Briceville, TN

1970map“Population estimates of Briceville, an unincorporated town, place the size at about 1100 people with several hundred more living in the hollows and on the mountains surrounding the town itself. A former mining town, Briceville serves as the center of the 1300 square mile coal field in the northwest half of Anderson County. The land is owned almost totally by three land and mining companies: Coal Creek Mining and Manufacturing, Tennessee Land and Mining and Consolodated [sic] Coal. Though strip mining has been heavy in recent years, indicated coal reserves in the area evidence that the stripping has just begun.
Many of the people of north Anderson County are leaving to seek employment in the North[…]. Some subsistance farming and a few large industries like Union Carbide in Oak Ridge provide support for those remaining. A record of the Briceville area income tax returns from 1966 shows that fifty-six per cent of the people completing the forms earned under $3000 a year. With the closing of the major deep mines in the ’30s and ’40s, however, the essential services they once provided (housing and medical care) were curtailed. Social security, food stamps, welfare, and black lung benefits now provide the primary resources of the region.” — Excerpt from “A Summary Report by the Student Health Coalition–Appalachian Project: June 1971-June 1972,” PDF page 18.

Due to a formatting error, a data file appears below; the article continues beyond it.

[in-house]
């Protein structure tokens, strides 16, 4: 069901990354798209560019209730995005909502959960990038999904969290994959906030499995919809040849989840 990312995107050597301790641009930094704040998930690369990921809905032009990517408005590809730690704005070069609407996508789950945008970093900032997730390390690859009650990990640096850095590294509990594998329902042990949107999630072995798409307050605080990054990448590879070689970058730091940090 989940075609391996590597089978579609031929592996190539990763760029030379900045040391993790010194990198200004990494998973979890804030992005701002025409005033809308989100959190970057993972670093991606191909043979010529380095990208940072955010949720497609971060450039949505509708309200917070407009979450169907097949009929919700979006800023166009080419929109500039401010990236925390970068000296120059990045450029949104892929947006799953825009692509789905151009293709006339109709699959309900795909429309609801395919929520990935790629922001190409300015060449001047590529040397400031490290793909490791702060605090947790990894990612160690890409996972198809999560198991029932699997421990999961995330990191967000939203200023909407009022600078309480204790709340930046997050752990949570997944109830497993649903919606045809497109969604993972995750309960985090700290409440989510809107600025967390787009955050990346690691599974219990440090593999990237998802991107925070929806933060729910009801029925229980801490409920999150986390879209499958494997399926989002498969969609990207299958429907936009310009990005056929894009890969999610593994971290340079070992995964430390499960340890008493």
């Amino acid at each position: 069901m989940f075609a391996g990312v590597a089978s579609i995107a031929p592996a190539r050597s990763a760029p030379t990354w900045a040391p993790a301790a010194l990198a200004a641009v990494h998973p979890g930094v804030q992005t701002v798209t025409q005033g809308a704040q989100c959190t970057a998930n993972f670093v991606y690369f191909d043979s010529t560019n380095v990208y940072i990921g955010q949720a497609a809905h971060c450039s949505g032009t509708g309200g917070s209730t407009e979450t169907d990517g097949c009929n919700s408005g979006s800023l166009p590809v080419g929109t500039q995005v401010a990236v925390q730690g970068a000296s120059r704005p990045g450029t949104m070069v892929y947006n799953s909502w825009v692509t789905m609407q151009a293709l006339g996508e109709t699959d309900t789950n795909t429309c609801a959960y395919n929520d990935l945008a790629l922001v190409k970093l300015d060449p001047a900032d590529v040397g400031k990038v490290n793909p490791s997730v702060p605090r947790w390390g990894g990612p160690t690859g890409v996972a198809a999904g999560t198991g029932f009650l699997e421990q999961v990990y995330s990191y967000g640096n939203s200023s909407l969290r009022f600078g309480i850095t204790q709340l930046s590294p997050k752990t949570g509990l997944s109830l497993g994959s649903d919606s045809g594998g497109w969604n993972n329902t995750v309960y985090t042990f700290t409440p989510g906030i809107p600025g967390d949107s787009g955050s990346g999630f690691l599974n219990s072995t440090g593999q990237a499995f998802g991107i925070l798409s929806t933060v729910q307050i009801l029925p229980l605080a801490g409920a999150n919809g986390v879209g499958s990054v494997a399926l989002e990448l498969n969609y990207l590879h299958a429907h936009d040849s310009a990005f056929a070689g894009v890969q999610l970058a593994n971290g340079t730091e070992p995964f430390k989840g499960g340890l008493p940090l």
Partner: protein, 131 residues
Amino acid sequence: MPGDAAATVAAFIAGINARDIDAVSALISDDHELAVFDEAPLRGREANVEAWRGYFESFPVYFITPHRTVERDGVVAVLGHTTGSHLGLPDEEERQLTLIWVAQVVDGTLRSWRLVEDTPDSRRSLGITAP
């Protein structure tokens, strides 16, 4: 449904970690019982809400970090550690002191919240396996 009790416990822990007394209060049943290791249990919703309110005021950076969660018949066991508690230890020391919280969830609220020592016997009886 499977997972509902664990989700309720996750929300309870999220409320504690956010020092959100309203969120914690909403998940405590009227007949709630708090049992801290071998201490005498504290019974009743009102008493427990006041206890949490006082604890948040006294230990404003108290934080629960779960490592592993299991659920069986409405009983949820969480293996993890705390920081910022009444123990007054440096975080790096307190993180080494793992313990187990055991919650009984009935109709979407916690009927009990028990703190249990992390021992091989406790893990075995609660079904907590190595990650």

Related People:

David Morrow on the personal legacy of his student activism

I became involved with the Appalachian Student Health Coalition when I was an undergraduate at Vanderbilt. In 1977, the summer after my graduation, I worked as a community organizer in Copperhill, Tennessee, where the Coalition concentrated on environmental and occupational… Continued

J. Thomas “Tom” John, M.D.

I am a bit late in getting my bio in, best done in the earlier stages of pending dotage. I am originally from Laurinburg NC a small farming and, then, textile community in the eastern part of the state. I… Continued

Karen Blaydes

Profile: [Contributed by John Emmeus Davis, with the generous assistance of Jack Beckford, June 2017] Karen Blaydes (1948-2009) joined the Student Health Coalition in 1970, two weeks after graduating from Vanderbilt University with a Bachelor of Arts in Spanish. This… Continued

Byrd Duncan

[Contributed by: John E. Davis] When the newly recruited medical workers and community workers of the Student Health Coalition gathered in Nashville in June 1970, beginning a week of orientation for the SHC’s second summer in Appalachia, they were introduced… Continued

John E. Davis

[Contributed by John E. Davis, August 2015. Burlington, Vermont] I am the eldest son of a Southern couple who moved north for employment after World War II.  Every June, my parents would “go home,” loading their three boys into a station wagon… Continued

Related Stories:

David Morrow on the personal legacy of his student activism